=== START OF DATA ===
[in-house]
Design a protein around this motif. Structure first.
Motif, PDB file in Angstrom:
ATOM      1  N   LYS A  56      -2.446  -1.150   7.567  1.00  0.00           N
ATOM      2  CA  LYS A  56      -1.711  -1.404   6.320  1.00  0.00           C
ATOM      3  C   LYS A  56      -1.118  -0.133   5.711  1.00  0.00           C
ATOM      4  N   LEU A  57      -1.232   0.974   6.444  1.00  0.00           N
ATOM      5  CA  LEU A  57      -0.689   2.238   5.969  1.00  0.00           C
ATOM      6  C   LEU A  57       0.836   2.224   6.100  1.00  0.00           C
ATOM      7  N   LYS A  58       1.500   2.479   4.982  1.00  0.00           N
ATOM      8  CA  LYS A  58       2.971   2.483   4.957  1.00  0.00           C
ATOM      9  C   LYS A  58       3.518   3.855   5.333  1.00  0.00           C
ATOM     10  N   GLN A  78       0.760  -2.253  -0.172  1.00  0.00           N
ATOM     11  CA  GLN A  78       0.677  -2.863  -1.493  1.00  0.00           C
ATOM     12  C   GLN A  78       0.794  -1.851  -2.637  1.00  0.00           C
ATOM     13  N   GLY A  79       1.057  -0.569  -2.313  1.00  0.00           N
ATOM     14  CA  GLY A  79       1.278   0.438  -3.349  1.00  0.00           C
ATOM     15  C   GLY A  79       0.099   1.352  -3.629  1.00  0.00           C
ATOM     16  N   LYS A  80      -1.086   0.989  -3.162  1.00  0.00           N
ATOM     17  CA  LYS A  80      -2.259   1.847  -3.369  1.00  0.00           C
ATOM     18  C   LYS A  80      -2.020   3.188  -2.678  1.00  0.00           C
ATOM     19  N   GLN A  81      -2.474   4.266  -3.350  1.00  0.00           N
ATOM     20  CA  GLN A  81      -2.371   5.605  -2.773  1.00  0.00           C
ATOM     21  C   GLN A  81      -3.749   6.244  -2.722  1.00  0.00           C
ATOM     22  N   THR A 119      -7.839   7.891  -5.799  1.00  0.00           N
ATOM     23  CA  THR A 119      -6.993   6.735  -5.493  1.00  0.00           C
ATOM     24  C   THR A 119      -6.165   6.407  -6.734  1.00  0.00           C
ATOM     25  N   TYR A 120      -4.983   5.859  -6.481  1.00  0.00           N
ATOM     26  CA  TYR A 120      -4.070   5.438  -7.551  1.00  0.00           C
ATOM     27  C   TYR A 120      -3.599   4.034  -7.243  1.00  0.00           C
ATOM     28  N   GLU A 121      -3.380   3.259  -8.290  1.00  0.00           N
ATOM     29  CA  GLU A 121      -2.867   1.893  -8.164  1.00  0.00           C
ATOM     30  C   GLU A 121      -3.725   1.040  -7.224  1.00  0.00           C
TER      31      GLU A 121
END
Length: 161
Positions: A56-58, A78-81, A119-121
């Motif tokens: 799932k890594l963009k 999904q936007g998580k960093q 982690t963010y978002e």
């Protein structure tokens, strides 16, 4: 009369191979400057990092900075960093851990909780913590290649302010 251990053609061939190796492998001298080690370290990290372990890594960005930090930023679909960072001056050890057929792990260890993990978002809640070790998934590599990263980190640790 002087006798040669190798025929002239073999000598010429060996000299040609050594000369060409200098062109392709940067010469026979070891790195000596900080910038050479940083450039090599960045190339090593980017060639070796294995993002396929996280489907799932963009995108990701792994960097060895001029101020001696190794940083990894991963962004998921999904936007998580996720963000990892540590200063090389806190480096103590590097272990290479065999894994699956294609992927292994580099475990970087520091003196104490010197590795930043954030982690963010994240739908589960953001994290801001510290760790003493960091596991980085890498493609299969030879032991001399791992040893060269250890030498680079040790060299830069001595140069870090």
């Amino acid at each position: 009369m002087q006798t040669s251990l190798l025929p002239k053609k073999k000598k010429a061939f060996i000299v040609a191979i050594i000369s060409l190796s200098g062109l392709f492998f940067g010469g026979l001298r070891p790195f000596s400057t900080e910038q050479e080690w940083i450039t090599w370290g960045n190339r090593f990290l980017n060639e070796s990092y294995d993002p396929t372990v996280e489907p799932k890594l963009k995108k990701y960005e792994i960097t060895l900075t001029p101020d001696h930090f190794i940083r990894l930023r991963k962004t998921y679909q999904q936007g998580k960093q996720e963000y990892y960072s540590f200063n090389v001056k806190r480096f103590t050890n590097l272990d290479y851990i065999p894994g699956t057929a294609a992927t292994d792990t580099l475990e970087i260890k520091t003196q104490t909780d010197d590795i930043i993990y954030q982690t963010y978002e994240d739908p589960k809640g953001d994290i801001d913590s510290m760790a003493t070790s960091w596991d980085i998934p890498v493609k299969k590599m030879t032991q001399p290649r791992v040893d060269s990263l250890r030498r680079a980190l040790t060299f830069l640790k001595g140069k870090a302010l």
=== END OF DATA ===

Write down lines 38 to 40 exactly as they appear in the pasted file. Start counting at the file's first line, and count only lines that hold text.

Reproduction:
């Motif tokens: 799932k890594l963009k 999904q936007g998580k960093q 982690t963010y978002e």
């Protein structure tokens, strides 16, 4: 009369191979400057990092900075960093851990909780913590290649302010 251990053609061939190796492998001298080690370290990290372990890594960005930090930023679909960072001056050890057929792990260890993990978002809640070790998934590599990263980190640790 002087006798040669190798025929002239073999000598010429060996000299040609050594000369060409200098062109392709940067010469026979070891790195000596900080910038050479940083450039090599960045190339090593980017060639070796294995993002396929996280489907799932963009995108990701792994960097060895001029101020001696190794940083990894991963962004998921999904936007998580996720963000990892540590200063090389806190480096103590590097272990290479065999894994699956294609992927292994580099475990970087520091003196104490010197590795930043954030982690963010994240739908589960953001994290801001510290760790003493960091596991980085890498493609299969030879032991001399791992040893060269250890030498680079040790060299830069001595140069870090």
């Amino acid at each position: 009369m002087q006798t040669s251990l190798l025929p002239k053609k073999k000598k010429a061939f060996i000299v040609a191979i050594i000369s060409l190796s200098g062109l392709f492998f940067g010469g026979l001298r070891p790195f000596s400057t900080e910038q050479e080690w940083i450039t090599w370290g960045n190339r090593f990290l980017n060639e070796s990092y294995d993002p396929t372990v996280e489907p799932k890594l963009k995108k990701y960005e792994i960097t060895l900075t001029p101020d001696h930090f190794i940083r990894l930023r991963k962004t998921y679909q999904q936007g998580k960093q996720e963000y990892y960072s540590f200063n090389v001056k806190r480096f103590t050890n590097l272990d290479y851990i065999p894994g699956t057929a294609a992927t292994d792990t580099l475990e970087i260890k520091t003196q104490t909780d010197d590795i930043i993990y954030q982690t963010y978002e994240d739908p589960k809640g953001d994290i801001d913590s510290m760790a003493t070790s960091w596991d980085i998934p890498v493609k299969k590599m030879t032991q001399p290649r791992v040893d060269s990263l250890r030498r680079a980190l040790t060299f830069l640790k001595g140069k870090a302010l």